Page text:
Scarves can be lots of things. They can be exciting fashion statements, or comforting chill prevention. What role they fulfill is up to the knitter. Because they are basically rectangles, they make a good beginner’s pattern. Here is the advice that a beginner needs to avoid just buying whatever yarn and pattern the store wants to sell. As I put together the instructions for Knit A Super (Steelers) Scarf, I thought about the decisions that each scarf, or any knitted garment for that matter, requires. Sometimes you make decisions about the scarf based on who it is for and sometimes based on the yarn that you are eager to feel flow through your fingers. I think it might be helpful to other knitters to know how I make those decisions. What are the reasons that one scarf goes to one person and one scarf goes to another.
If I am making a scarf for a specific person, I first consider how that person will care for it. If they are a toss it in the washer and dryer kind of person, I make sure that they get a scarf made from yarn that will survive that treatment. Other people are more careful about how they treat a knitted garment and take appropriate care of your gift to them. Those people are a joy to knit for. The first type of person limits your choice of yarns, but that still leaves plenty of lovely options at the yarn store.
The next thing I consider about that specific person is their taste. If they follow a specific sports team or school, I might look for yarns in those colors. For example look at the various colored scarfs of the different houses in the Harry Potter books. It also isn’t appropriate to make a scarf in a hated rival teams colors in case someone would take exception. Their taste in color is important too. If they never wear yellows or oranges, it is probable that they don’t want a scarf made in those colors. If they have a bright colored garment that they wear all the time, I try to choose a yarn that will look nice with it. If they are not a shiny, glittery, flashy type of person, I don’t want to change their style too much.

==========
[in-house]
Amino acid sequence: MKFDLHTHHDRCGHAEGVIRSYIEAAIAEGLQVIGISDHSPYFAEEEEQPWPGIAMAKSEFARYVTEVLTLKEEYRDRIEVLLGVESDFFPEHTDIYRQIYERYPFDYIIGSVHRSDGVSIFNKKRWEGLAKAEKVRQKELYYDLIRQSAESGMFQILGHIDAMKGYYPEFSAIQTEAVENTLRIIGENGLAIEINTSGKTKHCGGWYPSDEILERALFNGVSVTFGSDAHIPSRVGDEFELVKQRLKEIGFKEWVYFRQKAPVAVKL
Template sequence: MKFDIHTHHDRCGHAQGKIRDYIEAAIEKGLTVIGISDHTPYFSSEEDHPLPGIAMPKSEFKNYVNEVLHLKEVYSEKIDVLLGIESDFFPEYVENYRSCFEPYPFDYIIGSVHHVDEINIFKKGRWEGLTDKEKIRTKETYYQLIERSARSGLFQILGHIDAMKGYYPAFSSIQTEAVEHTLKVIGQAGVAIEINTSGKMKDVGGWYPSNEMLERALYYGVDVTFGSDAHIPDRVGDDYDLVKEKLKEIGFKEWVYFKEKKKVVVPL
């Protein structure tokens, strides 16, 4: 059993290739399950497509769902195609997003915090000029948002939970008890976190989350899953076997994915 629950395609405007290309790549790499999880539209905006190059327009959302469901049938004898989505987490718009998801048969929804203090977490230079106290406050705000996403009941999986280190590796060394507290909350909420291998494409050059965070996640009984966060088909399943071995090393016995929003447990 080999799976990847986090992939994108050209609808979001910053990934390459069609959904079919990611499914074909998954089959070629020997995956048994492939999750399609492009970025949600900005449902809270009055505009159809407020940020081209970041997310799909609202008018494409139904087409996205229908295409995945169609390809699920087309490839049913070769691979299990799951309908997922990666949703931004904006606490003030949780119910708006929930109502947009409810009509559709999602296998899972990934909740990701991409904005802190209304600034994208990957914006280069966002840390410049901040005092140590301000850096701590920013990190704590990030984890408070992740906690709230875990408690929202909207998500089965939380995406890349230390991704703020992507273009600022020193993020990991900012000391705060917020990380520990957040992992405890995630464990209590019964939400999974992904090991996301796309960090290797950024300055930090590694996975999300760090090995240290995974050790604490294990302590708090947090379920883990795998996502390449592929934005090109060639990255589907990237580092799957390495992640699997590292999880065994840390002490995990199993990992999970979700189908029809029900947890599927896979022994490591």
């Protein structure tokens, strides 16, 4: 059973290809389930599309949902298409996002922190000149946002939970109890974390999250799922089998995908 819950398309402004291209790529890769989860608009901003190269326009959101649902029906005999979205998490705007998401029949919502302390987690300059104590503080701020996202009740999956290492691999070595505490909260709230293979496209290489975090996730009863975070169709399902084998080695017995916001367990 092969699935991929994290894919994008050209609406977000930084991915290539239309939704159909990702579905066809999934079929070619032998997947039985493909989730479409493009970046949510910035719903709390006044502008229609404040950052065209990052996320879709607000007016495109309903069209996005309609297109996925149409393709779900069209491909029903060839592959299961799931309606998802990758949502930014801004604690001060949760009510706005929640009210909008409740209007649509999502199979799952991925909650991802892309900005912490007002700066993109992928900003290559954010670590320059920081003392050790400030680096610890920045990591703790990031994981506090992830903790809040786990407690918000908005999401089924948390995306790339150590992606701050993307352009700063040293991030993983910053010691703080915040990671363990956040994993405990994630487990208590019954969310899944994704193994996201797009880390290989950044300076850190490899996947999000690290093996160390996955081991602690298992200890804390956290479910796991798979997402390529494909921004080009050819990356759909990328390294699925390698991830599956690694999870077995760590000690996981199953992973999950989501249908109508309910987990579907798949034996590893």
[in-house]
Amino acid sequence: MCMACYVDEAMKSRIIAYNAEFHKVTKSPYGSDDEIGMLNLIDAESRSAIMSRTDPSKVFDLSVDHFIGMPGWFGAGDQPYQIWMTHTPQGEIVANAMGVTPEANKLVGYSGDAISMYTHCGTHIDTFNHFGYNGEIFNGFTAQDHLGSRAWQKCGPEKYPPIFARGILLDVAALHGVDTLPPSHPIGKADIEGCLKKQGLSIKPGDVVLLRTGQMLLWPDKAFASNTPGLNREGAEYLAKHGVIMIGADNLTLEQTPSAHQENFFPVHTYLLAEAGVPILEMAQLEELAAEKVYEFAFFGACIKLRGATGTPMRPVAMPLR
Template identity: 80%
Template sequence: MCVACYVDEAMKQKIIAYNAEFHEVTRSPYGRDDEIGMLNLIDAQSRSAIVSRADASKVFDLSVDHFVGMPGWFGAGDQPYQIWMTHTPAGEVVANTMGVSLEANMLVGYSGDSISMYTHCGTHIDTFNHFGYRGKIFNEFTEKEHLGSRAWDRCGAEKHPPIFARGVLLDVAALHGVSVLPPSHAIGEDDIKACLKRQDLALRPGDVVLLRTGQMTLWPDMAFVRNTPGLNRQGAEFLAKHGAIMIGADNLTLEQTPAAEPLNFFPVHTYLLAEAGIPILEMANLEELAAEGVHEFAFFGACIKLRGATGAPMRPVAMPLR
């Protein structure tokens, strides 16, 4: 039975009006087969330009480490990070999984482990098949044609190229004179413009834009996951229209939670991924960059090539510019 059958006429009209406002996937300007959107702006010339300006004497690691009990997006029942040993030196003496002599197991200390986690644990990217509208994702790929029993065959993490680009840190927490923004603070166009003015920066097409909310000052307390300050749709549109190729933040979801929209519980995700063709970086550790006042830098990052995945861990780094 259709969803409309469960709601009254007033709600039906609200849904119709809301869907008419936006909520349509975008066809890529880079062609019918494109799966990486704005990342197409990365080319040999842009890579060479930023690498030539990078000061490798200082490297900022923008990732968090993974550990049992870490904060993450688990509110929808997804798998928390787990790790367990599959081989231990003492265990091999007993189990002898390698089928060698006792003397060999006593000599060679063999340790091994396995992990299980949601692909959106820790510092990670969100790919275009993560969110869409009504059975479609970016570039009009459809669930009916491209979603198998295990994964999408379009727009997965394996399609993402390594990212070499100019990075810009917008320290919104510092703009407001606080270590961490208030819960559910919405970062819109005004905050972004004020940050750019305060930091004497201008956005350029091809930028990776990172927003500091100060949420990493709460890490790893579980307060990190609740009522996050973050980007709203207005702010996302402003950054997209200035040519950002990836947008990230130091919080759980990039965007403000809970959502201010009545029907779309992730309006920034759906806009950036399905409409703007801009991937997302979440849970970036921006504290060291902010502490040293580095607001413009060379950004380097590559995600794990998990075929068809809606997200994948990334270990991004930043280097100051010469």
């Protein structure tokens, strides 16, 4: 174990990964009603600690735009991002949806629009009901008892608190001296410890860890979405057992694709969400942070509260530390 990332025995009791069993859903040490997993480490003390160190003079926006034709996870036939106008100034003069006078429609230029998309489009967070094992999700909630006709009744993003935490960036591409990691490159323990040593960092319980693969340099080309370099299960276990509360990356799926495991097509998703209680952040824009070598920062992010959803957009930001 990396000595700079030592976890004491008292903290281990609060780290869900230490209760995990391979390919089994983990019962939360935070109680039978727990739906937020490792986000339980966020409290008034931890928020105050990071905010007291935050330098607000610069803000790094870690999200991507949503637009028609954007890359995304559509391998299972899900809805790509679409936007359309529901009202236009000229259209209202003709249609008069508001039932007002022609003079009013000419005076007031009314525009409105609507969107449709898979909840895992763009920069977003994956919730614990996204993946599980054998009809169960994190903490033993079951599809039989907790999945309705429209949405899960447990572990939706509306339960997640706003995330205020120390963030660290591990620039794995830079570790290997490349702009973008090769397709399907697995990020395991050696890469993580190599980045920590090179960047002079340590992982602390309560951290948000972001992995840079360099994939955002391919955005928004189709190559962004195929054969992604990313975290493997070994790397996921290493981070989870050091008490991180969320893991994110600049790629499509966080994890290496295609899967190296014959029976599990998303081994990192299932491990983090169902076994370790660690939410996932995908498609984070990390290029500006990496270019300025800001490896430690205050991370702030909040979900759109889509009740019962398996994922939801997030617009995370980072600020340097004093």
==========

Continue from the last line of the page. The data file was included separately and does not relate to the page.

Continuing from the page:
What yarn is available and how much time do I have is the final factor in making a yarn decision. Thicker yarns knit faster than thin yarns. Plain yarns knit faster than fancier yarns like boucles, but the fancy covers a multitude of errors. Hairy yarn like fun fur, takes more care in counting and keeping the right number of stitches for the pattern. Embellishments like beads can be added as you knit and look amazing, but add to the time to make as well as to the care after completion concerns.
Elaborate patterns are a challenge and lots of fun. They are the thing that makes the knitting interesting for me. You can knit almost anything you can find a design for into a scarf. Remember to consider the orientation of the design to the person who looks at it. A cat is cute, but not if it is upside down. The figure can be shown either in changing the stitch to ribbing or by working yarn overs paired with Knit 2 togethers. It is pointless to work an elaborate pattern in a fancy yarn that will not show it off, so think plain yarn for that kind of pattern. The other kind of pattern that can add style to a scarf is a repetitive lace pattern. They involves yarn overs and Knit 2 togethers to provide beautiful openwork. These can be found in dozens of books. They involve a variation on basic techniques.
The larger the needle, you use, the lacier the scarf will appear and the quicker the scarf will be completed. Generally look at the range of needle sizes suggested on the yarn’s label. If it is a small needle, the scarf will take longer to complete, than if it is a large needle. You can of course go a size or two larger than the one suggested and try it out. A smaller needle size will give you a denser scarf, but that does not necessarily mean that it will be a warmer scarf. You would be surprised at how much warmth a lacy scarf can provide. By changing the needle size and the number of stitches you control the width of the scarf.
I hope this helps you sort out your scarf basics. I have included some pictures of knitted scarfs which I have made: The first is not only made on big needles, it is made large enough to serve as a wrap on a fall evening; The second has gathers at the back of the neck which keeps your neck warm, but has lace down both front panels (that were indeed worked in the same direction); The third shows what you can do if you want to join your scarf end to end and put a twist in it (although this was knit that way on purpose and has no seam); The final scarf takes a basic short row technique and turns it into a spiral. You can find basic patterns for scarves at Handmade Especially For You. This is an organization that donates scarfs to people in crisis shelters. If you have no one that you want to make a scarf for, but you want to make a scarf, there are chapters all over the country. Lion Brand Yarn and Knit Picks also have free patterns available.